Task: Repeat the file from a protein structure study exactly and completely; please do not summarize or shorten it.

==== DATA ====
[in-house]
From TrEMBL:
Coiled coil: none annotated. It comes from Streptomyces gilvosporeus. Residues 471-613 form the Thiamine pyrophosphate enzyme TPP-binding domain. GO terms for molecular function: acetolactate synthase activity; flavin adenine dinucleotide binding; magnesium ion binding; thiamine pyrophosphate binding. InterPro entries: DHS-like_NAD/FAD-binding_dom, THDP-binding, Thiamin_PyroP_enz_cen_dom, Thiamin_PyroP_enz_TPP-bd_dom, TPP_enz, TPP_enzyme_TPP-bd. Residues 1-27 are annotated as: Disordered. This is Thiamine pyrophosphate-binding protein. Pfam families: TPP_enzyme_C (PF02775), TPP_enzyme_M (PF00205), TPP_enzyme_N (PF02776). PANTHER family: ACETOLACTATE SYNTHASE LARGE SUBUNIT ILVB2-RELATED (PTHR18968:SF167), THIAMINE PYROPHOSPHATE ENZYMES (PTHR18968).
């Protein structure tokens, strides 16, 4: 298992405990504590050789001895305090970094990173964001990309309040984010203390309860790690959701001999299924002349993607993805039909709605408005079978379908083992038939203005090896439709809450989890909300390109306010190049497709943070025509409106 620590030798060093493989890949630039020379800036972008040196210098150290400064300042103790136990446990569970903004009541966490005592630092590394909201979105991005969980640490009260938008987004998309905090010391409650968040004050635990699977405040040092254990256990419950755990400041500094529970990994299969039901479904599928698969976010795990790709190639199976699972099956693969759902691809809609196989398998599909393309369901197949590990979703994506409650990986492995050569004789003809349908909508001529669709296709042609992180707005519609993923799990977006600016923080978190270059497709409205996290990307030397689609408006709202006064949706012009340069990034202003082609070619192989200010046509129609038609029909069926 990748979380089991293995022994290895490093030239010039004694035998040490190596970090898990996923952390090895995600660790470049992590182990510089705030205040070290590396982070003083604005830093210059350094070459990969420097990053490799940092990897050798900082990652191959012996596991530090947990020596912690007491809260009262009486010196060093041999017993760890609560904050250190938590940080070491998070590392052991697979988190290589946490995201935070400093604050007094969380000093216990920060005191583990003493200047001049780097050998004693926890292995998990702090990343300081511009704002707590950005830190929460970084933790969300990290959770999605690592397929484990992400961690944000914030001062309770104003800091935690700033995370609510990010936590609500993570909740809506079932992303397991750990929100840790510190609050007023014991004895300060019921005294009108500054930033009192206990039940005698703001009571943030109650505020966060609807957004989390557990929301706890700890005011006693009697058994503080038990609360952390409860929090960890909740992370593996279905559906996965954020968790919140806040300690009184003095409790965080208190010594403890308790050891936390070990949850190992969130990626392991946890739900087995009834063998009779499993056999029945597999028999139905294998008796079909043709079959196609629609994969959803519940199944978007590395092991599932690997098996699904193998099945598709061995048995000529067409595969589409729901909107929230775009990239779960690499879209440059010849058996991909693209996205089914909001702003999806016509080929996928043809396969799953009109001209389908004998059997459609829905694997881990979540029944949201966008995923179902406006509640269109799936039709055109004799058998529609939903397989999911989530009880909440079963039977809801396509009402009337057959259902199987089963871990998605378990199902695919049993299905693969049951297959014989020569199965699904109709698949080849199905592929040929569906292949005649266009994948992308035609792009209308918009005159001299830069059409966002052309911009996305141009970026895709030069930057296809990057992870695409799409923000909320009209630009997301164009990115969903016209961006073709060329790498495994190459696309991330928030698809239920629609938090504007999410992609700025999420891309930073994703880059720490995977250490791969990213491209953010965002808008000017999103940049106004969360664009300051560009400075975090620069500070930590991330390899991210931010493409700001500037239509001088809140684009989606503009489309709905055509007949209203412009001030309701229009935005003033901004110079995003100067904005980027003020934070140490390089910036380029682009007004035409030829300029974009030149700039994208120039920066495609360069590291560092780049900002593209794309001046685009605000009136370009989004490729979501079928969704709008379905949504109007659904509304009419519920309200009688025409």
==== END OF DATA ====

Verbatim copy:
[in-house]
From TrEMBL:
Coiled coil: none annotated. It comes from Streptomyces gilvosporeus. Residues 471-613 form the Thiamine pyrophosphate enzyme TPP-binding domain. GO terms for molecular function: acetolactate synthase activity; flavin adenine dinucleotide binding; magnesium ion binding; thiamine pyrophosphate binding. InterPro entries: DHS-like_NAD/FAD-binding_dom, THDP-binding, Thiamin_PyroP_enz_cen_dom, Thiamin_PyroP_enz_TPP-bd_dom, TPP_enz, TPP_enzyme_TPP-bd. Residues 1-27 are annotated as: Disordered. This is Thiamine pyrophosphate-binding protein. Pfam families: TPP_enzyme_C (PF02775), TPP_enzyme_M (PF00205), TPP_enzyme_N (PF02776). PANTHER family: ACETOLACTATE SYNTHASE LARGE SUBUNIT ILVB2-RELATED (PTHR18968:SF167), THIAMINE PYROPHOSPHATE ENZYMES (PTHR18968).
């Protein structure tokens, strides 16, 4: 298992405990504590050789001895305090970094990173964001990309309040984010203390309860790690959701001999299924002349993607993805039909709605408005079978379908083992038939203005090896439709809450989890909300390109306010190049497709943070025509409106 620590030798060093493989890949630039020379800036972008040196210098150290400064300042103790136990446990569970903004009541966490005592630092590394909201979105991005969980640490009260938008987004998309905090010391409650968040004050635990699977405040040092254990256990419950755990400041500094529970990994299969039901479904599928698969976010795990790709190639199976699972099956693969759902691809809609196989398998599909393309369901197949590990979703994506409650990986492995050569004789003809349908909508001529669709296709042609992180707005519609993923799990977006600016923080978190270059497709409205996290990307030397689609408006709202006064949706012009340069990034202003082609070619192989200010046509129609038609029909069926 990748979380089991293995022994290895490093030239010039004694035998040490190596970090898990996923952390090895995600660790470049992590182990510089705030205040070290590396982070003083604005830093210059350094070459990969420097990053490799940092990897050798900082990652191959012996596991530090947990020596912690007491809260009262009486010196060093041999017993760890609560904050250190938590940080070491998070590392052991697979988190290589946490995201935070400093604050007094969380000093216990920060005191583990003493200047001049780097050998004693926890292995998990702090990343300081511009704002707590950005830190929460970084933790969300990290959770999605690592397929484990992400961690944000914030001062309770104003800091935690700033995370609510990010936590609500993570909740809506079932992303397991750990929100840790510190609050007023014991004895300060019921005294009108500054930033009192206990039940005698703001009571943030109650505020966060609807957004989390557990929301706890700890005011006693009697058994503080038990609360952390409860929090960890909740992370593996279905559906996965954020968790919140806040300690009184003095409790965080208190010594403890308790050891936390070990949850190992969130990626392991946890739900087995009834063998009779499993056999029945597999028999139905294998008796079909043709079959196609629609994969959803519940199944978007590395092991599932690997098996699904193998099945598709061995048995000529067409595969589409729901909107929230775009990239779960690499879209440059010849058996991909693209996205089914909001702003999806016509080929996928043809396969799953009109001209389908004998059997459609829905694997881990979540029944949201966008995923179902406006509640269109799936039709055109004799058998529609939903397989999911989530009880909440079963039977809801396509009402009337057959259902199987089963871990998605378990199902695919049993299905693969049951297959014989020569199965699904109709698949080849199905592929040929569906292949005649266009994948992308035609792009209308918009005159001299830069059409966002052309911009996305141009970026895709030069930057296809990057992870695409799409923000909320009209630009997301164009990115969903016209961006073709060329790498495994190459696309991330928030698809239920629609938090504007999410992609700025999420891309930073994703880059720490995977250490791969990213491209953010965002808008000017999103940049106004969360664009300051560009400075975090620069500070930590991330390899991210931010493409700001500037239509001088809140684009989606503009489309709905055509007949209203412009001030309701229009935005003033901004110079995003100067904005980027003020934070140490390089910036380029682009007004035409030829300029974009030149700039994208120039920066495609360069590291560092780049900002593209794309001046685009605000009136370009989004490729979501079928969704709008379905949504109007659904509304009419519920309200009688025409």